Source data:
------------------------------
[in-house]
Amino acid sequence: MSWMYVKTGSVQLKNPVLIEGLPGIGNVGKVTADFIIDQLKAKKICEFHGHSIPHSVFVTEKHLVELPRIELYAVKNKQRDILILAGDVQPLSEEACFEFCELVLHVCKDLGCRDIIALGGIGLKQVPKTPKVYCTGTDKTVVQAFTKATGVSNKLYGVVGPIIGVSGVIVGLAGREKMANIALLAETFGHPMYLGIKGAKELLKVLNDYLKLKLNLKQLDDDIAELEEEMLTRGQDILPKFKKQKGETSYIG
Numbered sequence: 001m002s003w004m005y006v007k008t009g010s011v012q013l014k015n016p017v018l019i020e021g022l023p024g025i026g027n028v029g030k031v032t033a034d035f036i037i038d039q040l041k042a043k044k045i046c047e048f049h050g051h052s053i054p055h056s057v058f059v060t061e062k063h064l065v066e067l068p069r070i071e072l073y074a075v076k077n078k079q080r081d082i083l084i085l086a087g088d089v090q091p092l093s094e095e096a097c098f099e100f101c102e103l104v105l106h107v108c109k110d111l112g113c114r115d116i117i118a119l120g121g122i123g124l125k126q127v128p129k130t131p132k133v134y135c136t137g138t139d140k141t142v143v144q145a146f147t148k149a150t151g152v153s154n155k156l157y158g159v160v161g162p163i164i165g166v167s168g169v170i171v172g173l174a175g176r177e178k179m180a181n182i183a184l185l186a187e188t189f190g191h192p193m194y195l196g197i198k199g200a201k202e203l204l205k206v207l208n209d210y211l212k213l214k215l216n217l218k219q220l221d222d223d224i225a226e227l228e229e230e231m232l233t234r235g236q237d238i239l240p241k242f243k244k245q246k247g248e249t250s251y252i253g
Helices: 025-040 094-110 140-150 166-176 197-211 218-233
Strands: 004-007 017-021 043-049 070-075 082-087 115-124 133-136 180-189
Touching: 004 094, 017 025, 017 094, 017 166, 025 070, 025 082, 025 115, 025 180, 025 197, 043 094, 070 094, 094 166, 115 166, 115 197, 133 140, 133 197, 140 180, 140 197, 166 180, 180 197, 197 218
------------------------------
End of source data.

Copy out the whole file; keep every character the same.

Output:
[in-house]
Amino acid sequence: MSWMYVKTGSVQLKNPVLIEGLPGIGNVGKVTADFIIDQLKAKKICEFHGHSIPHSVFVTEKHLVELPRIELYAVKNKQRDILILAGDVQPLSEEACFEFCELVLHVCKDLGCRDIIALGGIGLKQVPKTPKVYCTGTDKTVVQAFTKATGVSNKLYGVVGPIIGVSGVIVGLAGREKMANIALLAETFGHPMYLGIKGAKELLKVLNDYLKLKLNLKQLDDDIAELEEEMLTRGQDILPKFKKQKGETSYIG
Numbered sequence: 001m002s003w004m005y006v007k008t009g010s011v012q013l014k015n016p017v018l019i020e021g022l023p024g025i026g027n028v029g030k031v032t033a034d035f036i037i038d039q040l041k042a043k044k045i046c047e048f049h050g051h052s053i054p055h056s057v058f059v060t061e062k063h064l065v066e067l068p069r070i071e072l073y074a075v076k077n078k079q080r081d082i083l084i085l086a087g088d089v090q091p092l093s094e095e096a097c098f099e100f101c102e103l104v105l106h107v108c109k110d111l112g113c114r115d116i117i118a119l120g121g122i123g124l125k126q127v128p129k130t131p132k133v134y135c136t137g138t139d140k141t142v143v144q145a146f147t148k149a150t151g152v153s154n155k156l157y158g159v160v161g162p163i164i165g166v167s168g169v170i171v172g173l174a175g176r177e178k179m180a181n182i183a184l185l186a187e188t189f190g191h192p193m194y195l196g197i198k199g200a201k202e203l204l205k206v207l208n209d210y211l212k213l214k215l216n217l218k219q220l221d222d223d224i225a226e227l228e229e230e231m232l233t234r235g236q237d238i239l240p241k242f243k244k245q246k247g248e249t250s251y252i253g
Helices: 025-040 094-110 140-150 166-176 197-211 218-233
Strands: 004-007 017-021 043-049 070-075 082-087 115-124 133-136 180-189
Touching: 004 094, 017 025, 017 094, 017 166, 025 070, 025 082, 025 115, 025 180, 025 197, 043 094, 070 094, 094 166, 115 166, 115 197, 133 140, 133 197, 140 180, 140 197, 166 180, 180 197, 197 218